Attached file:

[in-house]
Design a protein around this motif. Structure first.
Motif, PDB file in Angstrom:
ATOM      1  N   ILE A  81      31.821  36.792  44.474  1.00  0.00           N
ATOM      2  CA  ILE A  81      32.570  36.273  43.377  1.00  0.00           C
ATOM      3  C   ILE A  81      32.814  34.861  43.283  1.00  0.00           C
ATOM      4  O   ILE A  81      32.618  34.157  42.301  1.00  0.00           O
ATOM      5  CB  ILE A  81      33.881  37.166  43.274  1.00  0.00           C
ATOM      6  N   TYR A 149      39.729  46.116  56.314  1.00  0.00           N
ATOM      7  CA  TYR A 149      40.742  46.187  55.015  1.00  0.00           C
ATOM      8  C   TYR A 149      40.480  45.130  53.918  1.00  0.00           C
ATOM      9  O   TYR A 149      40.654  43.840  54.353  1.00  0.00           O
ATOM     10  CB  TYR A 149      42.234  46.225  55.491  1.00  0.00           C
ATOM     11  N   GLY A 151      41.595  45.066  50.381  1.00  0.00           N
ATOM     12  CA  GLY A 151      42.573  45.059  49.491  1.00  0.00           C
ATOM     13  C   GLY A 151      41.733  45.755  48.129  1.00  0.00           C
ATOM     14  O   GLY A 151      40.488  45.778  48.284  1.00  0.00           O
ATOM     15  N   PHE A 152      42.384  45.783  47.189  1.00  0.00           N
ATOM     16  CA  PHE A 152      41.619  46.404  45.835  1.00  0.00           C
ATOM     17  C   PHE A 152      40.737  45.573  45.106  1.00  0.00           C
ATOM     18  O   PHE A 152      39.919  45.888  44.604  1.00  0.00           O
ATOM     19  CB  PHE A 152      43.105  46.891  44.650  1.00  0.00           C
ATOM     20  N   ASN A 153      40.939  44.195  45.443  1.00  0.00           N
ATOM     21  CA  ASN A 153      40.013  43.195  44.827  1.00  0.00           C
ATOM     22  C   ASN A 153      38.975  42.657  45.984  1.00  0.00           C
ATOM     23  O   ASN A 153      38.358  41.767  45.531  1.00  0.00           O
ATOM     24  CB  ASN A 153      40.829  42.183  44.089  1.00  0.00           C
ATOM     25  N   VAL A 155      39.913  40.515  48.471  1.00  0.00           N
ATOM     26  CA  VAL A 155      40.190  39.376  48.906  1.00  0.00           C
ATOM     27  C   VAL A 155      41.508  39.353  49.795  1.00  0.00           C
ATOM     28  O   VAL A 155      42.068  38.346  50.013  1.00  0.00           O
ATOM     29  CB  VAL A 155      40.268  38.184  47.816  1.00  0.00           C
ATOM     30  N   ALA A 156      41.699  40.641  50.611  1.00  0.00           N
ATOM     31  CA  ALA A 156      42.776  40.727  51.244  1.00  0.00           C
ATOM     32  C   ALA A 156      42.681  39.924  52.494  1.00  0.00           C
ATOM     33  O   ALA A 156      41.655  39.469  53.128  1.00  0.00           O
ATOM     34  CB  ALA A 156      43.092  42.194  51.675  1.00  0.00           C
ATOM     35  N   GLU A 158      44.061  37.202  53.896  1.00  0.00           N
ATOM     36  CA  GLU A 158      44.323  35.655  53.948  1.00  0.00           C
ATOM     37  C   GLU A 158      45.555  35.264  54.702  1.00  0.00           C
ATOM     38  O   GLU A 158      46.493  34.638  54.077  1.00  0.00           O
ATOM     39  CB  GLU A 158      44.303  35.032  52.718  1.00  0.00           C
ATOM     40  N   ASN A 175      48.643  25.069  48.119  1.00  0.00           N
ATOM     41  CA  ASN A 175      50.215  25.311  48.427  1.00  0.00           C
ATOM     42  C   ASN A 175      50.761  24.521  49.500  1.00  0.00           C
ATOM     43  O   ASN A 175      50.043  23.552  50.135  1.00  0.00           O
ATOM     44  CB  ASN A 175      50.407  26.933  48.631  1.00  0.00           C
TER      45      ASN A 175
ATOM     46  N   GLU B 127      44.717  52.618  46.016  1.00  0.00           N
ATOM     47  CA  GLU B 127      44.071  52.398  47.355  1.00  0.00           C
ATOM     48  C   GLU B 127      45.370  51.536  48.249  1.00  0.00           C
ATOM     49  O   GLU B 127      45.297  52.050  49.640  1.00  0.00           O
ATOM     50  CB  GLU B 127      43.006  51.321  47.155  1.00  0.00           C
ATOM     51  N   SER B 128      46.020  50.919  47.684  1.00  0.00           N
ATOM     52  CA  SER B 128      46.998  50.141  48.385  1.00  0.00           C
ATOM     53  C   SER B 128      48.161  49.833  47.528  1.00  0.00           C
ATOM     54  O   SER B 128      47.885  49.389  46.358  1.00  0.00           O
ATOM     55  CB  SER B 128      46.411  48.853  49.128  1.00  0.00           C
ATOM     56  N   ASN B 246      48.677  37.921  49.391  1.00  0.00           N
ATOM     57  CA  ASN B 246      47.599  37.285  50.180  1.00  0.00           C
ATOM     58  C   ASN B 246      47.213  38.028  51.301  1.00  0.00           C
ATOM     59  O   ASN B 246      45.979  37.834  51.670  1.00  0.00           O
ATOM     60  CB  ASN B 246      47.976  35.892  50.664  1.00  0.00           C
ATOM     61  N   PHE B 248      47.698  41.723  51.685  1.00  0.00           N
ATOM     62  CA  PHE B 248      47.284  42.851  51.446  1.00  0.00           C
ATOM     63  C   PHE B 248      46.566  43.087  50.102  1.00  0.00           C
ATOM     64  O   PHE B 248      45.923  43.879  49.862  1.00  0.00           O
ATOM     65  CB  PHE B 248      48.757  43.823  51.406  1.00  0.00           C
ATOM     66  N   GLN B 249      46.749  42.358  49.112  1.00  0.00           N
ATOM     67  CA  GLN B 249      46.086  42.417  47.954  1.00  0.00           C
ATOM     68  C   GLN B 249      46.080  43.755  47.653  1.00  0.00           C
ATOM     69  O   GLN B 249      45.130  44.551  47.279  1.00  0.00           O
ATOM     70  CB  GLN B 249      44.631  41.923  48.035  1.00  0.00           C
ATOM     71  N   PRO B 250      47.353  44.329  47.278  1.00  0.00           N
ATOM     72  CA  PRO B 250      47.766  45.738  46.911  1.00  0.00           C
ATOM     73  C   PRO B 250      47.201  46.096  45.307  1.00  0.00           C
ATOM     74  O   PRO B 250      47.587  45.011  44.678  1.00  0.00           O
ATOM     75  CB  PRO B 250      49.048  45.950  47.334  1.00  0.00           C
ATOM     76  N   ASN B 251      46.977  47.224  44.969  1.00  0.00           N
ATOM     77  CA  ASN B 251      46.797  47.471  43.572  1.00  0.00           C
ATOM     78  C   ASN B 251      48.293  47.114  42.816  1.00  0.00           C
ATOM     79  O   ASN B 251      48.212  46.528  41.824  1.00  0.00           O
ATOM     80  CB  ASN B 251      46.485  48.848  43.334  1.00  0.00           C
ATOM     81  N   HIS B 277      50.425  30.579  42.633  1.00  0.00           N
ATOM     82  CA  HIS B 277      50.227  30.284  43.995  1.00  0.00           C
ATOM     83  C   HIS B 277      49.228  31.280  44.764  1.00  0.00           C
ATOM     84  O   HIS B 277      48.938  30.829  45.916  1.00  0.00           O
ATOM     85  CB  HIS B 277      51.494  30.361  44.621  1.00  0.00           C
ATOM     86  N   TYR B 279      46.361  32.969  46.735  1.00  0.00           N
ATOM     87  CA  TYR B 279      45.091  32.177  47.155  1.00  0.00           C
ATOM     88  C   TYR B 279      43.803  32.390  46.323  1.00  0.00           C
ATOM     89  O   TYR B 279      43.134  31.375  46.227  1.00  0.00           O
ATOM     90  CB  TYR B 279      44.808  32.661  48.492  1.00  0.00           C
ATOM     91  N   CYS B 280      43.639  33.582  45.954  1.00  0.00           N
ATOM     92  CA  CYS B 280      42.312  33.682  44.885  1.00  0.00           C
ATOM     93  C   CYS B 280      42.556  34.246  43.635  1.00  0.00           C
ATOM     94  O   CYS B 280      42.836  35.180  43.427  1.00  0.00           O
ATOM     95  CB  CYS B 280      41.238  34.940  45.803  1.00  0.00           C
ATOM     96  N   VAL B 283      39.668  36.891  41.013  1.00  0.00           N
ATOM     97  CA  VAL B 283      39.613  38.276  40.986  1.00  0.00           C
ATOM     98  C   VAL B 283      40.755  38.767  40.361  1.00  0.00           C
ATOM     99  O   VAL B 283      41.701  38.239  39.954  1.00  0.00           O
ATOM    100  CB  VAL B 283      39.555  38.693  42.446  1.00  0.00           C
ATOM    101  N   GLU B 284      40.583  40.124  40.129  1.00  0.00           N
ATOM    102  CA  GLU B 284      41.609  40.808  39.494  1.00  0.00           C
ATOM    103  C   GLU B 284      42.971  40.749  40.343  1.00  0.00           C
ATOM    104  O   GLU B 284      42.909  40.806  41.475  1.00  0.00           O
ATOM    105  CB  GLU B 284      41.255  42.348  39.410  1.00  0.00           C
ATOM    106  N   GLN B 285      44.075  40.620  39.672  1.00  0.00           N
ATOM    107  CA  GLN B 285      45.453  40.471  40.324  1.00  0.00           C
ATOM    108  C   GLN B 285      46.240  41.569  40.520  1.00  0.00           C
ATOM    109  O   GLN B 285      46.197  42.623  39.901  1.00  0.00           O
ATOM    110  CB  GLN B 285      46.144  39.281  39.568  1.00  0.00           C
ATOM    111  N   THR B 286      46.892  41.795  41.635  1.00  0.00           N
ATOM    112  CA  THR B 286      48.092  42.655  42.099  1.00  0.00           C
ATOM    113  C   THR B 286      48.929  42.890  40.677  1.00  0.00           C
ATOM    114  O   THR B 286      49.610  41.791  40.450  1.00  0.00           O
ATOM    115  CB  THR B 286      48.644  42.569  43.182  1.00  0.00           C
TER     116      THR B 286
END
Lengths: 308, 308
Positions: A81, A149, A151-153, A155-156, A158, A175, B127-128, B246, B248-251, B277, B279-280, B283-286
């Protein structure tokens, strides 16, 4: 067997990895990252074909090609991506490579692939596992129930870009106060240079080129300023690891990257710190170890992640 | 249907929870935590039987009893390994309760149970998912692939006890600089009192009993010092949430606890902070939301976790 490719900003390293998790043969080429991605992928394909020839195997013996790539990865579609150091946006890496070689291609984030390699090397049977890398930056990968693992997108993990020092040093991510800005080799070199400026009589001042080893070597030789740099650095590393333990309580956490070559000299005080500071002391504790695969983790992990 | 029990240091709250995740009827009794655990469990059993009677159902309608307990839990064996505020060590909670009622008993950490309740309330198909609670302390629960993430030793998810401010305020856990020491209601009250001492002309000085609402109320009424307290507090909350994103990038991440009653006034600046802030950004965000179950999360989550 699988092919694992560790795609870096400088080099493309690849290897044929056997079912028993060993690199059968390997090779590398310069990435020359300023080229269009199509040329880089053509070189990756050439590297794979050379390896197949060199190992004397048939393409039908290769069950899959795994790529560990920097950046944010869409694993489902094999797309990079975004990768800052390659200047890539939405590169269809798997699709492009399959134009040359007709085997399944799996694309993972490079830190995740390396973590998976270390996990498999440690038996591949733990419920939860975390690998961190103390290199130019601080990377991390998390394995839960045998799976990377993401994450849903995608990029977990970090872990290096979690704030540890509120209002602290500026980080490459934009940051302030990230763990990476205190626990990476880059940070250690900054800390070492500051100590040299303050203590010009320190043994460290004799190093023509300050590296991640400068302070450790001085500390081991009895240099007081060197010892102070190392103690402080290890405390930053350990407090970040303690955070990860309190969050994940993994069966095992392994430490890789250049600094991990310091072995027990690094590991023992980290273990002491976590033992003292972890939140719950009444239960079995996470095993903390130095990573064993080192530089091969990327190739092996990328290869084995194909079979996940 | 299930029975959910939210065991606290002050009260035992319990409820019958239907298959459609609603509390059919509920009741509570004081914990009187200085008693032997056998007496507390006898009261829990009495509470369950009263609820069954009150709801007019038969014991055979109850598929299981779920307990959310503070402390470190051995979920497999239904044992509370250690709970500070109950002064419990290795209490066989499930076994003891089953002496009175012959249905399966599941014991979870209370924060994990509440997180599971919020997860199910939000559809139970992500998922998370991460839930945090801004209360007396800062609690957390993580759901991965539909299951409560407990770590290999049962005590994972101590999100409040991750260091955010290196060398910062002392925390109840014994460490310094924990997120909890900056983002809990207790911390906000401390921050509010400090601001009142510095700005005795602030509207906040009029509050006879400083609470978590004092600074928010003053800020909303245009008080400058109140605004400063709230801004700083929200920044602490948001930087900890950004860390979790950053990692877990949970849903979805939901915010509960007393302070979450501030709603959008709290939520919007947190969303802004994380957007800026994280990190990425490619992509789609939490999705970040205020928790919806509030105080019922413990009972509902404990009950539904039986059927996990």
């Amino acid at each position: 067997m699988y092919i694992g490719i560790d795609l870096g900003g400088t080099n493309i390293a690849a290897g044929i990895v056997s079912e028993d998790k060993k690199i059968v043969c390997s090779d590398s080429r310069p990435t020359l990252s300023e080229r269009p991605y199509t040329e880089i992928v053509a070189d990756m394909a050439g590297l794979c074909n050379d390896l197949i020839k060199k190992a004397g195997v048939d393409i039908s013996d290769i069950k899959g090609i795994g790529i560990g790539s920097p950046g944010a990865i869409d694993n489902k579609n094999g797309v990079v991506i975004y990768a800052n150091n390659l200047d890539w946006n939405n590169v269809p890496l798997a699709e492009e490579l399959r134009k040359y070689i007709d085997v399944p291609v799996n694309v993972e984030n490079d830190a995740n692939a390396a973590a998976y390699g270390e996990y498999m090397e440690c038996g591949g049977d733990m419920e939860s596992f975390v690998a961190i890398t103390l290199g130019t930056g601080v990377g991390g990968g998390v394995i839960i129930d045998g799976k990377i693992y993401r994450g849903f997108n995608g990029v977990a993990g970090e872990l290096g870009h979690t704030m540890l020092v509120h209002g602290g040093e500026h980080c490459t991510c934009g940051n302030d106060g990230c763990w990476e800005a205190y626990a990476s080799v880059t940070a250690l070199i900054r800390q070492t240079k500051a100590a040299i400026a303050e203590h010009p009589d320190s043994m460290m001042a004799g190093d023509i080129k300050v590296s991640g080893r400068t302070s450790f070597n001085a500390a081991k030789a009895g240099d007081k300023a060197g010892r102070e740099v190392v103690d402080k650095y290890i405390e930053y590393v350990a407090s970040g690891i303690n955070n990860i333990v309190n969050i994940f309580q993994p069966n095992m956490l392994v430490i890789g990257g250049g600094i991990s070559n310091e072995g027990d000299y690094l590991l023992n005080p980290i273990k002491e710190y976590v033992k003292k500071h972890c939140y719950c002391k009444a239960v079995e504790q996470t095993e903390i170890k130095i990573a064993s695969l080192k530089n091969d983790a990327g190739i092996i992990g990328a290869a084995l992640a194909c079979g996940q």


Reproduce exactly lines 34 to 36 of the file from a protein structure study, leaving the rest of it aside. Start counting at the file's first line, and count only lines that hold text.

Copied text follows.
ATOM     31  CA  ALA A 156      42.776  40.727  51.244  1.00  0.00           C
ATOM     32  C   ALA A 156      42.681  39.924  52.494  1.00  0.00           C
ATOM     33  O   ALA A 156      41.655  39.469  53.128  1.00  0.00           O